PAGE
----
Martian meteorites

Martian meteorites - visitors from a nearby planet.

 There is a group of meteorites whose characteristics suggest that they did not originate on an asteroid and are between 1.3 billion and 150 million years old. This means that they came from a geologically active planet-sized body that has been hot or even molten for a long time.
But what planet? There is some evidence that these rocks come from Mars.

The evidence that allowed scientists to deduce their origin is as follows - First, the texture of the vast majority of the rocks is igneous. This means that they were formed from molten rock. Second, although these rocks contain the same minerals found in asteroidal meteorites, there are differences in the proportions of some elements. Thirdly, their age suggests that they came from a planet-sized body. And fourth, meteorites from Mars have the same ratio of gases trapped inside as the Martian atmosphere.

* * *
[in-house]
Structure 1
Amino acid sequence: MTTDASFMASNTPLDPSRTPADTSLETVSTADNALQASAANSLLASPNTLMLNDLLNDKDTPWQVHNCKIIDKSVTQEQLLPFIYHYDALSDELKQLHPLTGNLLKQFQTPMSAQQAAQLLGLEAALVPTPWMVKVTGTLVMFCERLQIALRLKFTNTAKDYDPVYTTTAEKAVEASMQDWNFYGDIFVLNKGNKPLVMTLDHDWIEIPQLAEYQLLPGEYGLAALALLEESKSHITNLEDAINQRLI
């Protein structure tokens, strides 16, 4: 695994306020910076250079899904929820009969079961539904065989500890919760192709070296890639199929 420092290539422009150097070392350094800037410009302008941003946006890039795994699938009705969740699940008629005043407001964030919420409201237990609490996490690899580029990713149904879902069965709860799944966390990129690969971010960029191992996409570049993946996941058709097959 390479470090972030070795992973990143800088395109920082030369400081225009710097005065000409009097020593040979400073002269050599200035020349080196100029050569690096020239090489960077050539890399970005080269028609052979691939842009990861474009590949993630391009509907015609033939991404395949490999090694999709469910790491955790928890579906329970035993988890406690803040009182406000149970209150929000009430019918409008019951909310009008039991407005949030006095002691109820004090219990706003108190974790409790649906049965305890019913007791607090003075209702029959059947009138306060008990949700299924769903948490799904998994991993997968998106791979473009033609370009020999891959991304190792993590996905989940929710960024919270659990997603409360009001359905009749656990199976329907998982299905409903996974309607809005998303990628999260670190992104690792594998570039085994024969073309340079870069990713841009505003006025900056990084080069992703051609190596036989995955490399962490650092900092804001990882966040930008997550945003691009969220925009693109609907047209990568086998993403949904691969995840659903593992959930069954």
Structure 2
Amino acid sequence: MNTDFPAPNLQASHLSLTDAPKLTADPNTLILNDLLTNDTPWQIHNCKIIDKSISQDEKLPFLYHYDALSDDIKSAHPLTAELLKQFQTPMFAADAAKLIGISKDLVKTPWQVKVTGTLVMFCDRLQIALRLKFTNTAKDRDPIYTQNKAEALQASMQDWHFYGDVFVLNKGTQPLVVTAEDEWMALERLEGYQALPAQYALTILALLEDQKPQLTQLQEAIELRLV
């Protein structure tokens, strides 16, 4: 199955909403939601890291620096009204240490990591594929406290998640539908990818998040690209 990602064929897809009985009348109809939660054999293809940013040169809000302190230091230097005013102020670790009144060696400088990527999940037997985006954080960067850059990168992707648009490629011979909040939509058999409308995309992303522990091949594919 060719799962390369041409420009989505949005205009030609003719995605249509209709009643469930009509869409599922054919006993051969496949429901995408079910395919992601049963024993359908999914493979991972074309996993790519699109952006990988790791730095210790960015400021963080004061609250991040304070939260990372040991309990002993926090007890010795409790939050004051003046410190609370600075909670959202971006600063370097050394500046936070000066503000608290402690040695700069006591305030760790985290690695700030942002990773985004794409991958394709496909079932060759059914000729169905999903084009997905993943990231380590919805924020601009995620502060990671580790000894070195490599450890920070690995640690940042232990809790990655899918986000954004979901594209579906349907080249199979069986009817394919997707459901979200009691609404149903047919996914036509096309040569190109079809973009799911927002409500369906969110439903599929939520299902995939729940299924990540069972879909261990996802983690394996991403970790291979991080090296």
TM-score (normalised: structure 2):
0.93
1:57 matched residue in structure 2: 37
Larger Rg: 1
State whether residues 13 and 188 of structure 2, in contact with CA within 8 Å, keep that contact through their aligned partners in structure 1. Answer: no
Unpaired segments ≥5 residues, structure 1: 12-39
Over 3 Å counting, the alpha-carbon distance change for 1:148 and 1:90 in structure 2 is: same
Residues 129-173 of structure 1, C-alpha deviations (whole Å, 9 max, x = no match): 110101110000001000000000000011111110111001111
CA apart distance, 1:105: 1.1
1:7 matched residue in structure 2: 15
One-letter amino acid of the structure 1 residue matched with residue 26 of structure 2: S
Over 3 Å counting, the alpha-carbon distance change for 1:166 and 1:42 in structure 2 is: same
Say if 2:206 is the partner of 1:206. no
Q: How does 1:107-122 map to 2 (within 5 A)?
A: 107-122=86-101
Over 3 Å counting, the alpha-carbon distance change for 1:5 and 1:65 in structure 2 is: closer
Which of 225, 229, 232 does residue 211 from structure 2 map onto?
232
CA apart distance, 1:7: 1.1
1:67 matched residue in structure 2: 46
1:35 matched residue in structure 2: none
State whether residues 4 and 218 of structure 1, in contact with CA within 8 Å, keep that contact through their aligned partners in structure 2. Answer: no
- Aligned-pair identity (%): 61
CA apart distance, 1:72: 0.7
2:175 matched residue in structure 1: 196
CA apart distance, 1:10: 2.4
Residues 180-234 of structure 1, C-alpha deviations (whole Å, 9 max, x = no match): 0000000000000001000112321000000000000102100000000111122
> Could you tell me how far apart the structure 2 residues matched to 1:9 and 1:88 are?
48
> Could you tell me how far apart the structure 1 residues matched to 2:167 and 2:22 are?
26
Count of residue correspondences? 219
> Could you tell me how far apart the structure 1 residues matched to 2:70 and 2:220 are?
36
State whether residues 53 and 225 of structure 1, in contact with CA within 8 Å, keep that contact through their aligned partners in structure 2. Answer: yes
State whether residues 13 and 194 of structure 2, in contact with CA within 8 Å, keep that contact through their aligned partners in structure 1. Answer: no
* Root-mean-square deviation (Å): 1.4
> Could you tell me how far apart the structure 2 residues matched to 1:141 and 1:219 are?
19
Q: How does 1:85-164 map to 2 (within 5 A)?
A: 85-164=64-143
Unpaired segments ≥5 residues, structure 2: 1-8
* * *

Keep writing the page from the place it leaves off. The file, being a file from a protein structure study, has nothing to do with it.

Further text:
Rocks are released into space from Mars by the impact of another body on the planet's surface. The body must have tremendous velocity and strike the surface of Mars at such an angle that the ejected rocks can overcome the gravity of Mars and penetrate the orbit of the Sun. Since there is very little chance that the ejected rocks will land on our planet Earth, meteorites from Mars are very rare and valuable.

A very famous meteorite that also originated on Mars is Allan Hills 84001, which we have also written about in the past. Its age of 4.1 billion years sets it apart from the others.

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